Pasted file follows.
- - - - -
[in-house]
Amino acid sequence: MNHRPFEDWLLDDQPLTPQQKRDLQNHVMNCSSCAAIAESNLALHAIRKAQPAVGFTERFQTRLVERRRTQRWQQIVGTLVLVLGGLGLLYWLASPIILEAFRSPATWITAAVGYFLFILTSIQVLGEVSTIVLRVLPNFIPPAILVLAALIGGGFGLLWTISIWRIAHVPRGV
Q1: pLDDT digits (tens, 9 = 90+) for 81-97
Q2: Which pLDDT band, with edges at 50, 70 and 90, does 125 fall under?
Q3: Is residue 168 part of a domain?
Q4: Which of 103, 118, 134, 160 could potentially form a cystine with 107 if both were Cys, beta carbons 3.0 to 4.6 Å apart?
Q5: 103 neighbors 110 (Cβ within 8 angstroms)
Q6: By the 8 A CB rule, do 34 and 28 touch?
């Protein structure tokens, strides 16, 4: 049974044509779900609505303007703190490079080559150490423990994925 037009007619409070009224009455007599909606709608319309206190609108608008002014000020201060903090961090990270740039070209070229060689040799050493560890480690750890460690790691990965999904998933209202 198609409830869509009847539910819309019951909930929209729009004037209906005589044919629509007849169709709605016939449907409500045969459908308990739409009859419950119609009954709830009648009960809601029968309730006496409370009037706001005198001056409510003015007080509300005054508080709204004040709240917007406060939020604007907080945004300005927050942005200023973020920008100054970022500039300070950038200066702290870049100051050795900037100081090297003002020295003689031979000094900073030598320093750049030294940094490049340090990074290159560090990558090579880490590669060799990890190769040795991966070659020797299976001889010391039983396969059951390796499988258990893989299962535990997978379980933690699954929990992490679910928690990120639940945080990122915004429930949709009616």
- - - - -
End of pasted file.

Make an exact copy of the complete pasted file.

[in-house]
Amino acid sequence: MNHRPFEDWLLDDQPLTPQQKRDLQNHVMNCSSCAAIAESNLALHAIRKAQPAVGFTERFQTRLVERRRTQRWQQIVGTLVLVLGGLGLLYWLASPIILEAFRSPATWITAAVGYFLFILTSIQVLGEVSTIVLRVLPNFIPPAILVLAALIGGGFGLLWTISIWRIAHVPRGV
Q1: pLDDT digits (tens, 9 = 90+) for 81-97
Q2: Which pLDDT band, with edges at 50, 70 and 90, does 125 fall under?
Q3: Is residue 168 part of a domain?
Q4: Which of 103, 118, 134, 160 could potentially form a cystine with 107 if both were Cys, beta carbons 3.0 to 4.6 Å apart?
Q5: 103 neighbors 110 (Cβ within 8 angstroms)
Q6: By the 8 A CB rule, do 34 and 28 touch?
């Protein structure tokens, strides 16, 4: 049974044509779900609505303007703190490079080559150490423990994925 037009007619409070009224009455007599909606709608319309206190609108608008002014000020201060903090961090990270740039070209070229060689040799050493560890480690750890460690790691990965999904998933209202 198609409830869509009847539910819309019951909930929209729009004037209906005589044919629509007849169709709605016939449907409500045969459908308990739409009859419950119609009954709830009648009960809601029968309730006496409370009037706001005198001056409510003015007080509300005054508080709204004040709240917007406060939020604007907080945004300005927050942005200023973020920008100054970022500039300070950038200066702290870049100051050795900037100081090297003002020295003689031979000094900073030598320093750049030294940094490049340090990074290159560090990558090579880490590669060799990890190769040795991966070659020797299976001889010391039983396969059951390796499988258990893989299962535990997978379980933690699954929990992490679910928690990120639940945080990122915004429930949709009616």